Visiting the site also gives you the chance to update your address. If you moved since the last time you paid your student loan, you must ensure your current information is correct. These factors affect your monthly payments even if you didn’t move but experienced other life changes, such as marriage or divorce. Your job status also needs updating as well. A change in income correlates to your monthly payments. Got a raise or a job that pays more money? Expect a bigger bill. If you lost your job or took a job that pays less, expect a payment decrease. For some, their job status will mean a $0 monthly payment. But this isn’t a deferment. If your job situation improves, your account will reflect that. And the lack of accruing interest means your balance will never increase, even if you’re paying $0 per month.

“If there’s any change in your income, if you unfortunately lost your job, you need that $0 per month payment option. So maintaining open communication with them is important,” Brown said.

Understanding the fine details of every loan plan is just as paramount as ensuring that you cross your t’s and dot your lowercase j’s. Like other income-driven repayment plans, SAVE doesn’t cover every single loan type.

“It’s not necessarily great for parents because the Parent PLUS Loan doesn’t qualify,” said Brown, referring to SAVE. For example, if your parents helped fund your undergraduate education through Parent PLUS Loans, those loans are ineligible for SAVE or any income-driven repayment plan. “The only way those loans become eligible for SAVE is through applying only after loan consolidation,” said Brown.

That reinforces that a repayment method that works for one person may not work for another based on their loans, finances or plans. SAVE and other income-driven repayment methods stretch payments over a more extended period. If you’re close to closing your debt with Uncle Sam, adding several more years, even for a lower monthly amount, might not make sense. Also, note your local tax laws, as some states categorize forgiven debt as taxable income. While the DOE offers an automatic 12-month grace period where it will not report missed payments to credit bureaus, nor will your loans fall into default or deferment, interest will accumulate, and the payments are still due.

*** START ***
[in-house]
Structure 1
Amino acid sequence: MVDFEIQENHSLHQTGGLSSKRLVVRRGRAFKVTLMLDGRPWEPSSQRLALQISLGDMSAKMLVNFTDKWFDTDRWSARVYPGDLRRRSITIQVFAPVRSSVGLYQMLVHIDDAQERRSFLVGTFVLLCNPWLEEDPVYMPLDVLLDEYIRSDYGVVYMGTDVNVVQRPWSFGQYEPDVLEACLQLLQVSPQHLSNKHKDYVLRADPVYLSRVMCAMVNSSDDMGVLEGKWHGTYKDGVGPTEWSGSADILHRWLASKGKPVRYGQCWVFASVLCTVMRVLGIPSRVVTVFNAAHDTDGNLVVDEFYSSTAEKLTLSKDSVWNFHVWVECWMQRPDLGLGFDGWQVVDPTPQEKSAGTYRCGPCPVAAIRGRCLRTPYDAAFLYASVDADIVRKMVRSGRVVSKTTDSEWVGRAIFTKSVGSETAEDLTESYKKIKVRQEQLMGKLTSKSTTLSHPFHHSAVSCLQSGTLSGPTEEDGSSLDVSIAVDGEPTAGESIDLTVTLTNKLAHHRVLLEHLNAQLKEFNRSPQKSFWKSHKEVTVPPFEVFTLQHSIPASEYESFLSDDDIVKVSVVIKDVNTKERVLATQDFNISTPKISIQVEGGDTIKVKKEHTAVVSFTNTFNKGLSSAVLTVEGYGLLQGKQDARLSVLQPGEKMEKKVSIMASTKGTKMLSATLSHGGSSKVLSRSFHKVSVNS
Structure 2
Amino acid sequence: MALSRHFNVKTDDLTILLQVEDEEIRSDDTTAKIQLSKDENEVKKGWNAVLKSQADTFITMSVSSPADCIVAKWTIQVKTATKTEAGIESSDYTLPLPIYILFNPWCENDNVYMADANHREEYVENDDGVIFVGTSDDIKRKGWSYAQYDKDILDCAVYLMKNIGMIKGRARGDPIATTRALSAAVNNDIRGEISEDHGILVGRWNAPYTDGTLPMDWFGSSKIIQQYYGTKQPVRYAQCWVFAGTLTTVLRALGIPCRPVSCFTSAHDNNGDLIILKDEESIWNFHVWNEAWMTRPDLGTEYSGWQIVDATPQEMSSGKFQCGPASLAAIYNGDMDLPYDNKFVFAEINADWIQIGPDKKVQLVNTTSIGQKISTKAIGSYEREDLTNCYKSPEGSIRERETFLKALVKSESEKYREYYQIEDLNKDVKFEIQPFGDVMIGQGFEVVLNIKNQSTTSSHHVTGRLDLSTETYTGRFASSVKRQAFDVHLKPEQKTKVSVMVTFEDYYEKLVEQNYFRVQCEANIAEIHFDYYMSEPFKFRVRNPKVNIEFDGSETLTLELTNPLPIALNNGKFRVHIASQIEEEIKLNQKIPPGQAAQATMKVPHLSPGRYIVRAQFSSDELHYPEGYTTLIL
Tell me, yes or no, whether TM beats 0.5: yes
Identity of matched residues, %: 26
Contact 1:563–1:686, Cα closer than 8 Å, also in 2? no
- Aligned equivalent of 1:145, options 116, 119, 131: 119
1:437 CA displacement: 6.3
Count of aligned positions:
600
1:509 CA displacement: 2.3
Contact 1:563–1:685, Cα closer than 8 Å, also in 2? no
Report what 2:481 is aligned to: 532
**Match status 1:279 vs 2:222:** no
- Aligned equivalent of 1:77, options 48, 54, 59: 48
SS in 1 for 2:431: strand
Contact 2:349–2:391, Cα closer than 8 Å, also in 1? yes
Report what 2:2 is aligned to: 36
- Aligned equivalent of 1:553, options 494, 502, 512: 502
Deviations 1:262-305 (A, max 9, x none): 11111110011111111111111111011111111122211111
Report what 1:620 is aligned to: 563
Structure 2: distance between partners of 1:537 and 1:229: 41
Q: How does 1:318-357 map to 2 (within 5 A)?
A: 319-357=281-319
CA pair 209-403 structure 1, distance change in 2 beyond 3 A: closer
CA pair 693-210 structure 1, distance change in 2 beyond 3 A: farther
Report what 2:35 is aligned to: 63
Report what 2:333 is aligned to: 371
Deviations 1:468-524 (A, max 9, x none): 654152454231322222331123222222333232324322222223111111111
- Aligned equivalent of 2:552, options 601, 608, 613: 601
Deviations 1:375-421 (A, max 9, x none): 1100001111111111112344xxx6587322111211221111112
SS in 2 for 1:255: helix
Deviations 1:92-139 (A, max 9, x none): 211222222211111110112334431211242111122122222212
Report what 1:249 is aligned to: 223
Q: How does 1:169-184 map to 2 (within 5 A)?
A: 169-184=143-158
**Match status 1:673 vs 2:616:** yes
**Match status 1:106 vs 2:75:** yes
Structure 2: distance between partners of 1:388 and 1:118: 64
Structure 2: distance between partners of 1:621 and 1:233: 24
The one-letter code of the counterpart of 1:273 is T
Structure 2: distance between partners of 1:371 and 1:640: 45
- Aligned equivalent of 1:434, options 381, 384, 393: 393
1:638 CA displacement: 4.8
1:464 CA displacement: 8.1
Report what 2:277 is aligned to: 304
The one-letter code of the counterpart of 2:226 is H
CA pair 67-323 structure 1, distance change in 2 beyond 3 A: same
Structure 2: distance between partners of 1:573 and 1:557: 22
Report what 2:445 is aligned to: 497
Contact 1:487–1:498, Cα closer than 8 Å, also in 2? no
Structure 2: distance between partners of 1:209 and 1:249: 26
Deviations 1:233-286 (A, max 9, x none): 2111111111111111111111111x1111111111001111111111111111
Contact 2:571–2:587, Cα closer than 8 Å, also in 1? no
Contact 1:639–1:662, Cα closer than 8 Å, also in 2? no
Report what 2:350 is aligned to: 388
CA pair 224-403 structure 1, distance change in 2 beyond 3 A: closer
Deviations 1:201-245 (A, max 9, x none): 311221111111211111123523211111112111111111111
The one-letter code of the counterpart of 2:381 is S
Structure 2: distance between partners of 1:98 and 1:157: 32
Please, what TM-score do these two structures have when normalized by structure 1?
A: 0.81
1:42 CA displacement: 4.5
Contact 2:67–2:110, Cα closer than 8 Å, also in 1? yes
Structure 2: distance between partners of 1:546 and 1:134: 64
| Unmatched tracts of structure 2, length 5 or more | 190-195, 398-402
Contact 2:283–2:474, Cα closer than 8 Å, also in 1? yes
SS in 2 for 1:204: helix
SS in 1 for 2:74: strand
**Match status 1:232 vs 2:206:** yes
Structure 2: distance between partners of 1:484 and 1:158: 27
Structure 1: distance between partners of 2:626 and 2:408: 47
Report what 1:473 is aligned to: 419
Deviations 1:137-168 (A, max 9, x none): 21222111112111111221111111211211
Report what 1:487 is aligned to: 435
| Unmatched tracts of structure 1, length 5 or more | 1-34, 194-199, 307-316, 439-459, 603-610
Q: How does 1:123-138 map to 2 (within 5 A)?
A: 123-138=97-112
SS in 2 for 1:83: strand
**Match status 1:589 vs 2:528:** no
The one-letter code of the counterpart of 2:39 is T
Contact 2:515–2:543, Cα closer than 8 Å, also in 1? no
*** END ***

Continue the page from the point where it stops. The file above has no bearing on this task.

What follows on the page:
The next few months present challenges for borrowers who spent the last few years dreading this inevitable day but hoping against hope that the day might not come. Even if you didn’t make new purchases like a car or a house, creating a sound budget is critical to weathering whatever may come your way. September is over, and as borrowers adjust to their new routine, there are at least several life rafts for anyone who finds themselves underwater or fears they may get in over their head.

Marcus Shorter is a communications professional and writer. When he’s not scribbling thoughts for Consequence, Cageside Seats or Bloody Disgusting, he’s getting extra nerdy about rap lyrics, politics, poetry and comic books.